Document Type

Article

Publication Date

10-2020

Publisher

Elsevier

Source Publication

Dental Materials

Source ISSN

1879-0097

Original Item ID

10.1016/j.dental.2020.07.004

Abstract

Objectives

To investigate the role of proteoglycans (PGs) on the physical properties of the dentin matrix and the bond strength of methacrylate resins with varying hydrophilicities.

Methods

Dentin were obtained from crowns of human molars. Enzymatic removal of PGs followed a standard protocol using 1 mg/mL trypsin (Try) for 24 h. Controls were incubated in ammonium bicarbonate buffer. Removal of PGs was assessed by visualization of glycosaminoglycan chains (GAGs) in dentin under transmission electron microscopy (TEM). The dentin matrix swelling ratio was estimated using fully demineralized dentin. Dentin wettability was assessed on wet, dry and re-wetted dentin surfaces through water contact angle measurements. Microtensile bond strength test (TBS) was performed with experimental adhesives containing 6% HEMA (H6) and 18% HEMA (H18) and a commercial dental adhesive. Data were statistically analyzed using ANOVA and post-hoc tests (α = 0.05).

Results

The enzymatic removal of PGs was confirmed by the absence and fragmentation of GAGs. There was statistically significant difference between the swelling ratio of Try-treated and control dentin (p < 0.001). Significantly lower contact angle was found for Try-treated on wet and dry dentin (p < 0.002). The contact angle on re-wet dentin was not recovered in Try-treated group (p = 0.9). Removal of PGs significantly improved the TBS of H6 (109% higher, p < 0.001) and H18 (29% higher, p = 0.002) when compared to control. The TBS of commercial adhesive was not affected by trypsin treatment (p = 0.9).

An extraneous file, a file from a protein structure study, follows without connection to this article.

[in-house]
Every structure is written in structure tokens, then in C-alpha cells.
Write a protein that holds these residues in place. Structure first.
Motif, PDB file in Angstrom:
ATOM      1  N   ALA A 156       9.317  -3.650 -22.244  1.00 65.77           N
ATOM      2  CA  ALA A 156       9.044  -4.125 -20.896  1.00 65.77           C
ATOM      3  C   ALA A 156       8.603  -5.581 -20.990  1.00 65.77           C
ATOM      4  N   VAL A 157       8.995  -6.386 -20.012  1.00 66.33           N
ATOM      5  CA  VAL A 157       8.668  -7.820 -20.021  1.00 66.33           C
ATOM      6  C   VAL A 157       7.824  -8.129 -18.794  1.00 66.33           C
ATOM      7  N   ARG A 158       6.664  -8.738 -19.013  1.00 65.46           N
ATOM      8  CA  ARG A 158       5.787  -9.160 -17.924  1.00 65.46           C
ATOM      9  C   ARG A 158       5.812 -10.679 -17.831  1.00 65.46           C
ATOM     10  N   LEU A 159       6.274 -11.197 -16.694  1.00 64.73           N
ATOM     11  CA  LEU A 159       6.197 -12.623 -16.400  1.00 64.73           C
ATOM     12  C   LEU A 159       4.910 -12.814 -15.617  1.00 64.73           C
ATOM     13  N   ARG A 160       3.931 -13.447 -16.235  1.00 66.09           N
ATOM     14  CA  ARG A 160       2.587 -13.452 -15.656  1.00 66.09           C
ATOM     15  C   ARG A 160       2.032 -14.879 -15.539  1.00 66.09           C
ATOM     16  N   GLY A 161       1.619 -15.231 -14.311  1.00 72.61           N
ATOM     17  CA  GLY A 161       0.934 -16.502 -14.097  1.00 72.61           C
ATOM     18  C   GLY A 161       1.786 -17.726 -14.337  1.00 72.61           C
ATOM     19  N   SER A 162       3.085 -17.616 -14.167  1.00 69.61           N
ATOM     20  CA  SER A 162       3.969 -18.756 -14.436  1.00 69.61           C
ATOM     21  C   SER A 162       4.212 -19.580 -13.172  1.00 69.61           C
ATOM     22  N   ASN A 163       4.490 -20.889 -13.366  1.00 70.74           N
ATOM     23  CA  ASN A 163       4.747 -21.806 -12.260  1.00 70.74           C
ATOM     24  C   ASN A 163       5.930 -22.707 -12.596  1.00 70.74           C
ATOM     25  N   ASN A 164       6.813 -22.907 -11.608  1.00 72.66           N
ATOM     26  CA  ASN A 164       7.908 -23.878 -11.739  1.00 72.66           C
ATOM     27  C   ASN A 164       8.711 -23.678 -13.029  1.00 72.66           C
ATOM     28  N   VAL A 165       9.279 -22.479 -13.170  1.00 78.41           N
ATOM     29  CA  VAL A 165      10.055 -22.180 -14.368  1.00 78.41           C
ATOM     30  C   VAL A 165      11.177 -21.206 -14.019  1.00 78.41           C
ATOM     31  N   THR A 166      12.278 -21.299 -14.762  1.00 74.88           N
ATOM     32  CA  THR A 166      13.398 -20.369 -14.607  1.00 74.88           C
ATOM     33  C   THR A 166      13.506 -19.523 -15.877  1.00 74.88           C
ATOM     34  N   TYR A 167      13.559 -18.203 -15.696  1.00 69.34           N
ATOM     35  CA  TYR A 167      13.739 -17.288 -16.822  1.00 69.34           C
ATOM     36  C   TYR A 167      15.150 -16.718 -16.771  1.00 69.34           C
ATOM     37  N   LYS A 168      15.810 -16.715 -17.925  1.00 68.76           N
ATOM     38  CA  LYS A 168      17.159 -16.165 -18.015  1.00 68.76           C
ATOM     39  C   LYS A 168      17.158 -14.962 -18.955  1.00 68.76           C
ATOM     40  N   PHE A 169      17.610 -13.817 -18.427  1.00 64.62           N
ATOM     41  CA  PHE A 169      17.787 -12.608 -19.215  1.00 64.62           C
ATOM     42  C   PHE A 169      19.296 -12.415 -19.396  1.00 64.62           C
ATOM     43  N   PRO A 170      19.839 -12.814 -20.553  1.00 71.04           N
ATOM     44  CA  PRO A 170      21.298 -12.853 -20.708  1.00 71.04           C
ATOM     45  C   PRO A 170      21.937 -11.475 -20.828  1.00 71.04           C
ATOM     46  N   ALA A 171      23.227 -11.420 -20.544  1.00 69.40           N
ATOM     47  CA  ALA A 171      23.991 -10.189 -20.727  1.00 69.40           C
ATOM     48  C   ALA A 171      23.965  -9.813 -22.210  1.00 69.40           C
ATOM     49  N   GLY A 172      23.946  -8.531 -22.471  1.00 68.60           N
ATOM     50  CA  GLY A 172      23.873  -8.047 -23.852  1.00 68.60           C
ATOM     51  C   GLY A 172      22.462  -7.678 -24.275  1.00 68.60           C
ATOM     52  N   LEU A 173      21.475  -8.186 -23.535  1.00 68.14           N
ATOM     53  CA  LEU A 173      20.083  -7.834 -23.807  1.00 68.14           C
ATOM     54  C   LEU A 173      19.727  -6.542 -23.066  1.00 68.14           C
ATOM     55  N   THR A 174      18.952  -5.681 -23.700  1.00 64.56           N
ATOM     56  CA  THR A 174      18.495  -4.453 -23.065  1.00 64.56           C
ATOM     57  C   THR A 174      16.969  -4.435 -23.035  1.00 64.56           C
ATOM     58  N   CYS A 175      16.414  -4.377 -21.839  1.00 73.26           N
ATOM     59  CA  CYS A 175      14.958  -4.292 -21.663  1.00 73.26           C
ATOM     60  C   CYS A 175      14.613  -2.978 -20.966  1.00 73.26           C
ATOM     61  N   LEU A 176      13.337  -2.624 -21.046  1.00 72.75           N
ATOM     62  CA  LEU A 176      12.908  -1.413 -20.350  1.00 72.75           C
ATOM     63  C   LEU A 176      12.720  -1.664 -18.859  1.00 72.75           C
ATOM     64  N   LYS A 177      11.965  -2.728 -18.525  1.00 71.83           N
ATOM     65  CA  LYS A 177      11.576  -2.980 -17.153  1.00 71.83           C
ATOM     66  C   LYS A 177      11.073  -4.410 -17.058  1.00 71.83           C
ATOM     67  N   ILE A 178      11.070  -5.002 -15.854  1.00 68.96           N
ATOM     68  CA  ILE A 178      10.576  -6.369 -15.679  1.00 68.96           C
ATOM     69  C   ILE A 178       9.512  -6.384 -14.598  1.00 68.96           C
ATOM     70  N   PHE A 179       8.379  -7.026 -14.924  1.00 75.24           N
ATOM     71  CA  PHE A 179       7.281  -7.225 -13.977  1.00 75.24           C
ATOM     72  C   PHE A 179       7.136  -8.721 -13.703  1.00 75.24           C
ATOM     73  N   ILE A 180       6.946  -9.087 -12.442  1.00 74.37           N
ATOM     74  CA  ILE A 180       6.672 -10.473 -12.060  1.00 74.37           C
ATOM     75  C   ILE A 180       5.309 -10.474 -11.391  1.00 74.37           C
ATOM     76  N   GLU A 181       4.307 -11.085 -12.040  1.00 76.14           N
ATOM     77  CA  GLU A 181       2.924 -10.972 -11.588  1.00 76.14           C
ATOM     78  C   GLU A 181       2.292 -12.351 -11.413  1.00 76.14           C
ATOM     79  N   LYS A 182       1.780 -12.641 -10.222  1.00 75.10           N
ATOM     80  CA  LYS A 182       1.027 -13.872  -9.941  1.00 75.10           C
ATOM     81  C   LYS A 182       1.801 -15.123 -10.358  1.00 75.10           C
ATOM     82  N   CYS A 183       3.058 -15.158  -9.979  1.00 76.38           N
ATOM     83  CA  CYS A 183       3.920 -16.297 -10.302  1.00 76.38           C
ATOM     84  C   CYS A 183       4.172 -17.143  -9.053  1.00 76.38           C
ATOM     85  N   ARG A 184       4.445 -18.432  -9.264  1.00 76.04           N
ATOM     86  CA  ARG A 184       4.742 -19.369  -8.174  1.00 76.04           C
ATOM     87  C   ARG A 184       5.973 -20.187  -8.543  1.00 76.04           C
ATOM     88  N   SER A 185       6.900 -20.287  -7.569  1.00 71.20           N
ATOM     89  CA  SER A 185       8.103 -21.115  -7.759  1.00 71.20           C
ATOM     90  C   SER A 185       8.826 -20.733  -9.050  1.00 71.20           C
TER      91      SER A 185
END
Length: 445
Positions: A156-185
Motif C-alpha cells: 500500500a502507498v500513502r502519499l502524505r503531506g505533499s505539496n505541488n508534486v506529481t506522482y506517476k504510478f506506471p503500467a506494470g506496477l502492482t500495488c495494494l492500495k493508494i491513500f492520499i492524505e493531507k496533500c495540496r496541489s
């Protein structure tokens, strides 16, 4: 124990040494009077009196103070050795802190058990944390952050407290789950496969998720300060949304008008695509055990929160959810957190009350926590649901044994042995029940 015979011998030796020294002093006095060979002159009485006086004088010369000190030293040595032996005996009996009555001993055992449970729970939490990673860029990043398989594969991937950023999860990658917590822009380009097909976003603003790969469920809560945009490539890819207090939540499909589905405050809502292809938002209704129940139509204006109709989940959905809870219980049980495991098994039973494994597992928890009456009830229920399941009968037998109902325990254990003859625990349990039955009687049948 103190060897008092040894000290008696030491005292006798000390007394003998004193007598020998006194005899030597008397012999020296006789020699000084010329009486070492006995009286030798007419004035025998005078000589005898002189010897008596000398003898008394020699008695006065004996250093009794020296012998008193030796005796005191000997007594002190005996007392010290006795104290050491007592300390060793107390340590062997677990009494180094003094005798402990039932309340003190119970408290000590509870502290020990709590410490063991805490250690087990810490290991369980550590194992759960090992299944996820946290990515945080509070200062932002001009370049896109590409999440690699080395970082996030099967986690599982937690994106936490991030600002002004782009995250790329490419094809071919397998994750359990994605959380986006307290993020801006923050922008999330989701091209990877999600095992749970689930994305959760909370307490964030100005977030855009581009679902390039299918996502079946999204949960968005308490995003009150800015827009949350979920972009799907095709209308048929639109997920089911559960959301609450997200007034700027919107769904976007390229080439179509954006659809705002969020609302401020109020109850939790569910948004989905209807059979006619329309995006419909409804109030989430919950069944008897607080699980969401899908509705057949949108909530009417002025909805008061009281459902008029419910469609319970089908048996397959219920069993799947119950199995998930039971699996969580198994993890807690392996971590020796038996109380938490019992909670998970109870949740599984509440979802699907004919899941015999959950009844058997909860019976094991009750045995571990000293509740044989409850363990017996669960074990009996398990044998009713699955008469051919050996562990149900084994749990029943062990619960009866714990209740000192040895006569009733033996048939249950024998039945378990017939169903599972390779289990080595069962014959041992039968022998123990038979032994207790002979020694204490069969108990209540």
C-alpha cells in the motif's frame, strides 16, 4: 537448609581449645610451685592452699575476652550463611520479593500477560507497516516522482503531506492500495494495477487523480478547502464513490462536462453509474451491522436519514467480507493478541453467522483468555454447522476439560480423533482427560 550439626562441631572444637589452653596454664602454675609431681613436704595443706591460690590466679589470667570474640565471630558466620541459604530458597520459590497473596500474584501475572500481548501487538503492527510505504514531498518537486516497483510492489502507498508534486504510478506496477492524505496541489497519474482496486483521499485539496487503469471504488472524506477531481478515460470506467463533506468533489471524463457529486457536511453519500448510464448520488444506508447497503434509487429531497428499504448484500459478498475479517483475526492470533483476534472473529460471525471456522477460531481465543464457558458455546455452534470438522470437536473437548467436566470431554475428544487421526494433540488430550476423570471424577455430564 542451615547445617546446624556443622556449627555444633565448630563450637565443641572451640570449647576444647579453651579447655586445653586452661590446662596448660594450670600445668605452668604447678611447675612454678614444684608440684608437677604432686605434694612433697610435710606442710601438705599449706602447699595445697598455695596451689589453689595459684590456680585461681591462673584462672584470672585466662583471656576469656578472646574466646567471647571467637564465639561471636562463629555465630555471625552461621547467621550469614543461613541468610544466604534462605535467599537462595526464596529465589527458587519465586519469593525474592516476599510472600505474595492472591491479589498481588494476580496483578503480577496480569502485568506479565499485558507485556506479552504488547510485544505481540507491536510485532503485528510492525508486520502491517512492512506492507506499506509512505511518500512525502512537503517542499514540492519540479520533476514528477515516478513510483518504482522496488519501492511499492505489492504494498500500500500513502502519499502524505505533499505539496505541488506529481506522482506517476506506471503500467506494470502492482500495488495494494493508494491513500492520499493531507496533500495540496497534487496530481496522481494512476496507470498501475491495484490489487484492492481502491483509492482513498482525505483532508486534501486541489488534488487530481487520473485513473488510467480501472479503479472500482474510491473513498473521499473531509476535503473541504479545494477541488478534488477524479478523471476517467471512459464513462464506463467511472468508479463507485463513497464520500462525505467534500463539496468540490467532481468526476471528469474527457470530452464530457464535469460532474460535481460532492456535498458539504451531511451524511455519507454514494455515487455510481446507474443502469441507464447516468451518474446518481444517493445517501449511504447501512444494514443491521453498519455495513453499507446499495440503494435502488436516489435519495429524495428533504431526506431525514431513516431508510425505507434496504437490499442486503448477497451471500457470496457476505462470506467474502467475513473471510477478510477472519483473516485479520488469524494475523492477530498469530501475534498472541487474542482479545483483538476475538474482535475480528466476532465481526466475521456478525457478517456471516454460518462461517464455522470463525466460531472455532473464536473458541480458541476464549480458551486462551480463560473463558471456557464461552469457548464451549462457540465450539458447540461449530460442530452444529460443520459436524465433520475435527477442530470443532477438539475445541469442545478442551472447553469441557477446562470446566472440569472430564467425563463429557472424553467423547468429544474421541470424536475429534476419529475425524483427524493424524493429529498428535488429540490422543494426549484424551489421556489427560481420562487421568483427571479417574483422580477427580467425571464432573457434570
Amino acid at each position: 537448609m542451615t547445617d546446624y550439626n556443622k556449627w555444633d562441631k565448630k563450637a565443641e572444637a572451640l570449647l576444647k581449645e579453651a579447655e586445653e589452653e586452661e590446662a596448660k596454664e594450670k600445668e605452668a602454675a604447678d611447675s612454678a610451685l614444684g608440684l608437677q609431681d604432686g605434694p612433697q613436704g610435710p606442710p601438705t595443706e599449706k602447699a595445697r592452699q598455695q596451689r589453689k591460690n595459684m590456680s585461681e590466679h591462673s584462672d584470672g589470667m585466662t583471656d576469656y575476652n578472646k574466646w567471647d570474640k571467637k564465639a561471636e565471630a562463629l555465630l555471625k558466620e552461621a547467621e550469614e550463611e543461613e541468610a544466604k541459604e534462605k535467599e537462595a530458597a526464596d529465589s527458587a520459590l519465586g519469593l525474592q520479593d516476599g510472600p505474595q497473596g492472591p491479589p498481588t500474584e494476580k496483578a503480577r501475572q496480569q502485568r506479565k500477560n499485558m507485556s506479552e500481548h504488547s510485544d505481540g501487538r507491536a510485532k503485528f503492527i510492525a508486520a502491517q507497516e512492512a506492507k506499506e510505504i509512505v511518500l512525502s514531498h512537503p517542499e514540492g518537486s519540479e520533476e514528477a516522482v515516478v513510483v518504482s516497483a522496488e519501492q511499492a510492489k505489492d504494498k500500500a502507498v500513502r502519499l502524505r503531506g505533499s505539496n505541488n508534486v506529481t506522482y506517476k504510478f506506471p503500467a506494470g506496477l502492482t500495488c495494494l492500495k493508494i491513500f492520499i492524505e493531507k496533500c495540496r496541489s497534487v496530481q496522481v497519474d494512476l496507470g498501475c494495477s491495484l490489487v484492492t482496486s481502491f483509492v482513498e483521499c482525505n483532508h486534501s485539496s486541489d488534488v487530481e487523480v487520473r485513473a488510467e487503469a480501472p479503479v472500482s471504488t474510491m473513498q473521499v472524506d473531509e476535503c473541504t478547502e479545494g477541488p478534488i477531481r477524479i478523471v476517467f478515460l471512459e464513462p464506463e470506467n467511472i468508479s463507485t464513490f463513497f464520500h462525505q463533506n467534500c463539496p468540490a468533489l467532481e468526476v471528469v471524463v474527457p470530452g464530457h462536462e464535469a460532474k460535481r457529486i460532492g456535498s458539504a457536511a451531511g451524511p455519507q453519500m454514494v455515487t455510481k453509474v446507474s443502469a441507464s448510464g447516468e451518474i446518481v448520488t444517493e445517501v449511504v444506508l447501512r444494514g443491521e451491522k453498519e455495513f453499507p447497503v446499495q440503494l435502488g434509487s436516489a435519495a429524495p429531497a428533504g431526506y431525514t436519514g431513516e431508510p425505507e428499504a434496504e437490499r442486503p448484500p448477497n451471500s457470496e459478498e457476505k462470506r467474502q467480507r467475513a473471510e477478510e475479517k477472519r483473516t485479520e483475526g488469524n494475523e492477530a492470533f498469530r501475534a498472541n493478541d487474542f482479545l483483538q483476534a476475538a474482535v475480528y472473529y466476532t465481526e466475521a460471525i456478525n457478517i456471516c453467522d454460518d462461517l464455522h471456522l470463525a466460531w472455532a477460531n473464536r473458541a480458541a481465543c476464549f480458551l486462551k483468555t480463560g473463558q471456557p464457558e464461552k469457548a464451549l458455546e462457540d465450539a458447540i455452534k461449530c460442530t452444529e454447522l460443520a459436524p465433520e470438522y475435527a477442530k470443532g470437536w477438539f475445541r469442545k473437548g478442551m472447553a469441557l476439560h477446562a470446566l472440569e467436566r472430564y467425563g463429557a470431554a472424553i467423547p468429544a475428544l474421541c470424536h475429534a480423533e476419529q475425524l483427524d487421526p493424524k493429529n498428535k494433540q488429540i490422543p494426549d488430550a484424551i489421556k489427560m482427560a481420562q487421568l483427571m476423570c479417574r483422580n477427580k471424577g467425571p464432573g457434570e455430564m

Significance

Changing the surface energy of dentin by PGs removal improved resin adhesion, likely due to more efficient water displacement, aiding to improved resin infiltration and polymerization.

Comments

Accepted version. Dental Materials, Vol. 36, No. 10 (October 2020): 302-308. DOI. © 2020 Elsevier. Used with permission.

Ana K. Bedran-Russo was affiliated with University of Illinois at Chicago at the time of publication.

Available for download on Monday, November 01, 2021

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